Hambletonian, was one of the best Thoroughbred racehorses of the late 18th century, having won all of his race starts, except one, and was later a good sire. His victories included two Doncaster Cups in the late 1790s and the St. Leger Stakes at Doncaster in 1795.

Hambletonian Rubbing Down by George Stubbs
SireKing Fergus
DamGrey Highflyer
CountryKingdom of Great Britain
BreederJohn Hutchinson
Owner1. Sir Charles Turner, 2nd Baronet
2. Sir Harry Vane-Tempest
TrainerThomas Fields
Record19 starts, 18 wins
Major wins
St. Leger Stakes (1795)
Doncaster Cup (1795, 1796)
4yo Great Subscription Purse (1796)
Craven Stakes (1797)
6yo+ Great Subscription Purse (1797, 1800)
5yo Great Subscription Purse (1797)
Last updated on 25 October 2010

Background Edit

Hambletonian was a bay colt that was bred by John Hutchinson and foaled in 1792. Hambletonian was by the useful sire, King Fergus and was a grandson of the two undefeated horses, Eclipse and Highflyer, who was the sire of his dam Grey Highflyer.

Racing record Edit

Hambletonian was named after the historic racing area of Hambleton Hills, which is on the edge of the North York Moors, at the top of Sutton Bank. On 14 May 1794 Hambletonian won his first race there, "A sweepstake of 15 guineas each for three-year-old colts, 8 stone (51 kg), fillies 7 st. 11 lb. (49.5 kg) run over two miles"[citation needed]

In August 1795, Sir Charles Turner at the York races, purchased Hambletonian, Beninghbrough (also by King Fergus) and Oberon from Hutchinson for 3,000 guineas. At the same meeting Hambletonian won two sweepstakes and on 22 September at the Doncaster meeting he won the St. Leger Stakes. The next day Hambletonian won his first Doncaster Cup and Beningbrough was victorious in the Doncaster Stakes.[1]

In 1796 at York Hambletonian lost his only race to The Derby winner, Spread Eagle, after running off the course. At the same meeting he won back £50 from Spread Eagle and two others. Later that year Hambletonian was sold to Sir Henry Vane-Tempest of nearby Wynyard Park, County Durham, for whom he raced until 1800.[2] At the York August meeting he won both the five-year-old and the six-year-old and over Subscription Purses.[3]

Hambletonian did not start during 1798. In a famous match with Mr. Cookson's Diamond over the four-mile Beacon Course at Newmarket on 25 March 1799, Hambletonian, ridden by Francis Buckle, won by a neck in a time of 7 minutes 15 seconds. He is said to have covered 21 feet in a single stride at the finish.[4] Sir Henry had wagered 3,000 guineas on the outcome. The horse was afterwards the subject of the painting, Hambletonian Rubbing Down by the great equine artist, George Stubbs, who was then 75 years old. In 1800 Hambletonian won his only start in the Great Subscription Purse for six-year-olds and over at York.[1]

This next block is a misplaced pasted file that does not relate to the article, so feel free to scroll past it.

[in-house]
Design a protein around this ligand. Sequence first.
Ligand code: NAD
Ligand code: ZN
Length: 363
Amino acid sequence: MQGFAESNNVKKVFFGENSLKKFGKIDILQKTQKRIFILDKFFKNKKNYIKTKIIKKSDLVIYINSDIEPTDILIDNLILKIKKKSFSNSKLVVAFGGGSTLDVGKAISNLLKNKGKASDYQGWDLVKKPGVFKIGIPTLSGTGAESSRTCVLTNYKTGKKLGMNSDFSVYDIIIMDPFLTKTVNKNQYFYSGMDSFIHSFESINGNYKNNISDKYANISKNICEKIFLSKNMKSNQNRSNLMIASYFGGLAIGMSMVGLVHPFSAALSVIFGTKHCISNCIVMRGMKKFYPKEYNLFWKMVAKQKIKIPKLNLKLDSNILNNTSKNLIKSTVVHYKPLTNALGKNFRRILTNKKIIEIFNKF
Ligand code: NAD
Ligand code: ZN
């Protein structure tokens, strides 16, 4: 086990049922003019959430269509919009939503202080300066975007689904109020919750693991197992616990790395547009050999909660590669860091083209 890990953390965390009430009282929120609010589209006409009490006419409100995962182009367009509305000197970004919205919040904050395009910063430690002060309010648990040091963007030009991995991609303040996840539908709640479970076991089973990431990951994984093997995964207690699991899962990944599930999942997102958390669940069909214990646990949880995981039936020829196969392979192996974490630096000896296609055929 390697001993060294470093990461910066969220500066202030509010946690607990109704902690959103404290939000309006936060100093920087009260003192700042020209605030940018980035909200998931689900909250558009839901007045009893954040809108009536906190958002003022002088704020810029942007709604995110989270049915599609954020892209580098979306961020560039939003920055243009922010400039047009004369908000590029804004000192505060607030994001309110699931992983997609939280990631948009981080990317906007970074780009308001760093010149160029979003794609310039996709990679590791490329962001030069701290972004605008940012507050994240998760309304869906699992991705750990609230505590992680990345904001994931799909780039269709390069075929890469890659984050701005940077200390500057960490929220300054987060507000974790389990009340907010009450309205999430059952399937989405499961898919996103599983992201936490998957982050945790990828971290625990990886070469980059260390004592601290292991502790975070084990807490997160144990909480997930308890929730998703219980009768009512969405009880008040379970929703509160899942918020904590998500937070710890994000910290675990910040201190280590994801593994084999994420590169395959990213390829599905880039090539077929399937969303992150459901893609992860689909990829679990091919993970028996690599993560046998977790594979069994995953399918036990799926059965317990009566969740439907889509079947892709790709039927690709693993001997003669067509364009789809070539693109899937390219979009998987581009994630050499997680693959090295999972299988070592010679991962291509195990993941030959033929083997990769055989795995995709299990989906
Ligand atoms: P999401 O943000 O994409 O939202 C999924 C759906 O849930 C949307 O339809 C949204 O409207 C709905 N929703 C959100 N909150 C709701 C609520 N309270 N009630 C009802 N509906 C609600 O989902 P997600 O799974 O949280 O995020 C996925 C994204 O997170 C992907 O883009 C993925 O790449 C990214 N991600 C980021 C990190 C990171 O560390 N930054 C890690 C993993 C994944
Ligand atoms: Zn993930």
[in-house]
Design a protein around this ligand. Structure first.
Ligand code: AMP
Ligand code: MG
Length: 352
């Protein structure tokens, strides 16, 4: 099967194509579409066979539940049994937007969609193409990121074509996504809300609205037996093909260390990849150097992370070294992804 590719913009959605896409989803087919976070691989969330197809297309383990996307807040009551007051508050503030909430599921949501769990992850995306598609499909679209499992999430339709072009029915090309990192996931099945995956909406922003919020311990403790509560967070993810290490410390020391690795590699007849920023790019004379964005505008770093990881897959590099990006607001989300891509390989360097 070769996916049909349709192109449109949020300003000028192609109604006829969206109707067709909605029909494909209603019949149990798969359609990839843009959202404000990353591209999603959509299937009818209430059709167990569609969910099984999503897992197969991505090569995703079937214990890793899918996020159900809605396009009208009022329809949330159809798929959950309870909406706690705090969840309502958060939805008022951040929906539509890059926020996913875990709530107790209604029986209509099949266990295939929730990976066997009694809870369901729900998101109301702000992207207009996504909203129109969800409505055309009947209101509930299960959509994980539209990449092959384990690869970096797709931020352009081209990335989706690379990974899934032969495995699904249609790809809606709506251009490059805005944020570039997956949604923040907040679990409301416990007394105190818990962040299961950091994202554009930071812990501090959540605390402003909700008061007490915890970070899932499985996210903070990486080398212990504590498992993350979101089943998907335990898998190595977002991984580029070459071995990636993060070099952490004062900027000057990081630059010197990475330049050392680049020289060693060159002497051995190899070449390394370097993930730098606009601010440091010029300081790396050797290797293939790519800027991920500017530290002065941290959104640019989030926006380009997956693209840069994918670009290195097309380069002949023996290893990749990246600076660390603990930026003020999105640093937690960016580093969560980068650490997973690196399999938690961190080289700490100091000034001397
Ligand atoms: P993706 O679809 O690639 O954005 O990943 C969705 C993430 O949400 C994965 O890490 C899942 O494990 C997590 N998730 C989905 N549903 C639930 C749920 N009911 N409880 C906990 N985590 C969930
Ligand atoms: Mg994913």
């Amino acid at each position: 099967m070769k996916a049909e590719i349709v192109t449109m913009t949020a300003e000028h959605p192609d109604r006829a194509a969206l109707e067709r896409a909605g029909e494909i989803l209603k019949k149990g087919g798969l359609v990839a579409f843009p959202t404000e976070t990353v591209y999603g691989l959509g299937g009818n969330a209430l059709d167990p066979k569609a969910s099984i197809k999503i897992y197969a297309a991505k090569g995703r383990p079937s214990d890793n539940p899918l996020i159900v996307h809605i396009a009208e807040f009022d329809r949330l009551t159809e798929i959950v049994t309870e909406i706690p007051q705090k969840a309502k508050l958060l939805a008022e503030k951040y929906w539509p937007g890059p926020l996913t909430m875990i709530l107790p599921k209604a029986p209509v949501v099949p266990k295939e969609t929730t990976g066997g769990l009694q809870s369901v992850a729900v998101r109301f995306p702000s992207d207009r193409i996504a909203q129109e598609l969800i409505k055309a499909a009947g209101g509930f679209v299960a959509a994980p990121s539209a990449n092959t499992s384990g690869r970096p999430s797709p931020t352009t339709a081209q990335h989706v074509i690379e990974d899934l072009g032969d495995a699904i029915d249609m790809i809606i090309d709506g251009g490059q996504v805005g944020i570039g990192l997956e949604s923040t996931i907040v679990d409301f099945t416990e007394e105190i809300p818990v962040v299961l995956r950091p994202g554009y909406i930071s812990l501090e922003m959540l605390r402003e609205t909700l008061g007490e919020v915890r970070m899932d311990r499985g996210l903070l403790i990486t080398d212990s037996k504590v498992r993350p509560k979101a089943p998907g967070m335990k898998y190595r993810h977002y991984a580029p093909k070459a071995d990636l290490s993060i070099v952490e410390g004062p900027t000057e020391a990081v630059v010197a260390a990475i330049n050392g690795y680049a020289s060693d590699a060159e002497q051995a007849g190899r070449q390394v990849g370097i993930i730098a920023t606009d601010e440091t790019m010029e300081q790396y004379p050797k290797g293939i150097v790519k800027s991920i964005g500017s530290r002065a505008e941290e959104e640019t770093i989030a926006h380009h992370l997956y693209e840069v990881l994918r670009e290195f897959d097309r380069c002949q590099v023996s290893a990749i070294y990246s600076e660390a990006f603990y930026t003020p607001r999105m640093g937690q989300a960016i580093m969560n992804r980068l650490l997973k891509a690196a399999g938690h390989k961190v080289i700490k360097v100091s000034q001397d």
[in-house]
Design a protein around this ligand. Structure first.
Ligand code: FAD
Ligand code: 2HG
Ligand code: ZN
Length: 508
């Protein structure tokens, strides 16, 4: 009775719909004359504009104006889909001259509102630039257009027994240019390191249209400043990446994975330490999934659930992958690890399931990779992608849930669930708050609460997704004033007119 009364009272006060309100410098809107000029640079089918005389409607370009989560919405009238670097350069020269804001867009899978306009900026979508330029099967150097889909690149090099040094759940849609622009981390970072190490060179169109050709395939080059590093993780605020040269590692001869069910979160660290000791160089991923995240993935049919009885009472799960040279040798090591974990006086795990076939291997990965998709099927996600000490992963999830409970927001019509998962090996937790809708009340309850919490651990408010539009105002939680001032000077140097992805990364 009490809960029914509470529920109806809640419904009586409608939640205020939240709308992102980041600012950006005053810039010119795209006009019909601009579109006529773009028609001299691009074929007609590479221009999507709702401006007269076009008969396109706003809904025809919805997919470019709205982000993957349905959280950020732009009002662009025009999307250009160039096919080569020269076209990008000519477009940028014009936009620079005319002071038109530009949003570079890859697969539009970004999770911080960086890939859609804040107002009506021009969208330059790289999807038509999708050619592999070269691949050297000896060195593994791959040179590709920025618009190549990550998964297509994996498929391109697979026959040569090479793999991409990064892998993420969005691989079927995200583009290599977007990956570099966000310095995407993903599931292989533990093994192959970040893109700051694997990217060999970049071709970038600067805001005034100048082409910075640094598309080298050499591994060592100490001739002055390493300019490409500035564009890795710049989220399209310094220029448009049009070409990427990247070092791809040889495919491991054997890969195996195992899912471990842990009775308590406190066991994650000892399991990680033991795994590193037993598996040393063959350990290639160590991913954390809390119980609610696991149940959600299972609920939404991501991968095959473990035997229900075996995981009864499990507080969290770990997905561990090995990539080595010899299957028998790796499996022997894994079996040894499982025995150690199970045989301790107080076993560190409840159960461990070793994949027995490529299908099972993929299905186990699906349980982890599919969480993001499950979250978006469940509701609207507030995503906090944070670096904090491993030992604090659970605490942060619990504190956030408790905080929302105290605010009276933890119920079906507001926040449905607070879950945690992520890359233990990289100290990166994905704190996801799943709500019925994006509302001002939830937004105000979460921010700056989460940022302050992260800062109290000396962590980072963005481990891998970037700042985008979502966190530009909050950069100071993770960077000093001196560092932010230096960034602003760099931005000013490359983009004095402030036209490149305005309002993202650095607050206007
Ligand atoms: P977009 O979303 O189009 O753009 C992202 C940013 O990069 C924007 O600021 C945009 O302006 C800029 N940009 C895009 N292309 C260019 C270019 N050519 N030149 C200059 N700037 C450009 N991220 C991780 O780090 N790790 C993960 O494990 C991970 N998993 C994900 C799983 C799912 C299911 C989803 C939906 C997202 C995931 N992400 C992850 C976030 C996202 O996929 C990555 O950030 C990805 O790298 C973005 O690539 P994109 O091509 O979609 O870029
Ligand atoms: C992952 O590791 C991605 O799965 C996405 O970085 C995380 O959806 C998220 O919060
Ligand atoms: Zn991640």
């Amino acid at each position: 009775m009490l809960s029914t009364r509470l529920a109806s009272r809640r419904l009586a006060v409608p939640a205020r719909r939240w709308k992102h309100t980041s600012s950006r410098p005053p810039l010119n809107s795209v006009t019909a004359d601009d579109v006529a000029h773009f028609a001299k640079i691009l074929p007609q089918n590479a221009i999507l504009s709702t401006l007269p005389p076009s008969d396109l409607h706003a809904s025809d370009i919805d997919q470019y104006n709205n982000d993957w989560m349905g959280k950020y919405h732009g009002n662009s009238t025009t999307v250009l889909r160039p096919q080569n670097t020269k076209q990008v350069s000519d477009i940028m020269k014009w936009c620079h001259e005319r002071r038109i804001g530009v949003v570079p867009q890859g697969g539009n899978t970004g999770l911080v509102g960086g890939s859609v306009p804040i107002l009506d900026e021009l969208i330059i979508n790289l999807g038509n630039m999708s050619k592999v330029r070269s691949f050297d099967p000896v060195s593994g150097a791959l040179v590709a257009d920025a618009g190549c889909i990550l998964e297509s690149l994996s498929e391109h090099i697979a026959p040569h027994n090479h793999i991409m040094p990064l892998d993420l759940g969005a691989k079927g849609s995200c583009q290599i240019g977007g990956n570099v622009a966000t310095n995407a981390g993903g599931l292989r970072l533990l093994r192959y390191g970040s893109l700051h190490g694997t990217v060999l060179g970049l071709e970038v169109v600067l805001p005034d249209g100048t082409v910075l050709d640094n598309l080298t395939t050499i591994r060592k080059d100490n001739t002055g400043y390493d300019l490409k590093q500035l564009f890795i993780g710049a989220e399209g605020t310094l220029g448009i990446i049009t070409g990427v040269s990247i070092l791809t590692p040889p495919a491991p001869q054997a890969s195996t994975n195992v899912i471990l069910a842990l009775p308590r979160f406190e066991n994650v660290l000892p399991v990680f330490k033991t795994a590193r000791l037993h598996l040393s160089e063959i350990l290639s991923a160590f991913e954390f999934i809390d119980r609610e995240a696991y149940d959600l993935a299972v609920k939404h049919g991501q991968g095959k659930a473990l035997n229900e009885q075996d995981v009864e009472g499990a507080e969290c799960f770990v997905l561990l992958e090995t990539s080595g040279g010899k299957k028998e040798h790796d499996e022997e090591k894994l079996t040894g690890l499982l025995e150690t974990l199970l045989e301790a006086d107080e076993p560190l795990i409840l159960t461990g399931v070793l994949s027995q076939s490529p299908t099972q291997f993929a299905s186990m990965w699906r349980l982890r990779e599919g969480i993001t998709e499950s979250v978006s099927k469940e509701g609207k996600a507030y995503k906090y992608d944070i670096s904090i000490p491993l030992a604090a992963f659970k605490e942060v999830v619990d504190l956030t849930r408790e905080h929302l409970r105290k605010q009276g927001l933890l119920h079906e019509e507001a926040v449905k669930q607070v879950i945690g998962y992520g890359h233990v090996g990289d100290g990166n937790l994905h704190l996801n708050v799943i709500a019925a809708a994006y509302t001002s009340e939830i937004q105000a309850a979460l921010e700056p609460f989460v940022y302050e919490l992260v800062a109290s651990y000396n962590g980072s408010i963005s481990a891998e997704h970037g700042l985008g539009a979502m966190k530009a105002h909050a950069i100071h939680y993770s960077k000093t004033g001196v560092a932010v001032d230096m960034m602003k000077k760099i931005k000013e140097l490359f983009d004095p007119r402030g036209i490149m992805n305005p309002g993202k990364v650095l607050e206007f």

Stud record Edit

Hambletonian retired to stud in 1801 standing at Seacroft-Hall, near Leeds, then from 1802 to 1808 he stood at Hornsey's stables in Middlethorpe, York for a fee of 10 guineas per mare. In the 1809 season he was at Wynyard, near Stockton-on-Tees, in 1810 and 1811 he returned to Middlethorpe, with his fee rising to 20 and 25 guineas, 1812 and 1813 at Wynyard and finally at Catterick, near Richmond, in 1814, the last year he was advertised, his fee had declined to 15 guineas.[2]

His most notable progeny included:

  • Anticipation, won sixteen races, including the Ascot Gold Cup, twice; got excellent hunters
  • Camerton, won Goodwood Cup, exported to France in 1818
  • Camillus, won Doncaster Cup, successful sire[5]
  • Fair Helen (gr f 1808), second dam of the stallion and St Leger winner Margrave
  • Goosander, dam of the Epsom Derby winner Sailor and the Oaks Stakes winner Shoveler and taproot mare of Family 6-c
  • Lisette, dam of 2,000 Guineas winner Clearwell and a foundation mare of Family 19-b.
  • Whitelock, continued the sire line through Blacklock and on to the undefeated St. Simon.[6]

Hambletonian died 28 March 1818 and is buried in the grounds of Sir Henry's former home, Wynyard Park, County Durham.

See also Edit

References Edit

  1. ^ a b Thoroughbred Heritage: Hambletonian Retrieved 2010-10-25
  2. ^ a b Thoroughbred Bloodlines: Hambletonian Retrieved 2010-10-25
  3. ^ Weatherby, Edward; Weatherby, James (1797). Racing Calendar.
  4. ^ Whyte, James Christie (1840). History of the British turf, from the earliest period to the present day, Volume I. London: H. Colburn. OL 6544990M.
  5. ^ Australian Stud Book: Hambletonian Retrieved 2010-10-25
  6. ^ Barrie, Douglas M., The Australian Bloodhorse, Angus & Robertson, Sydney, 1956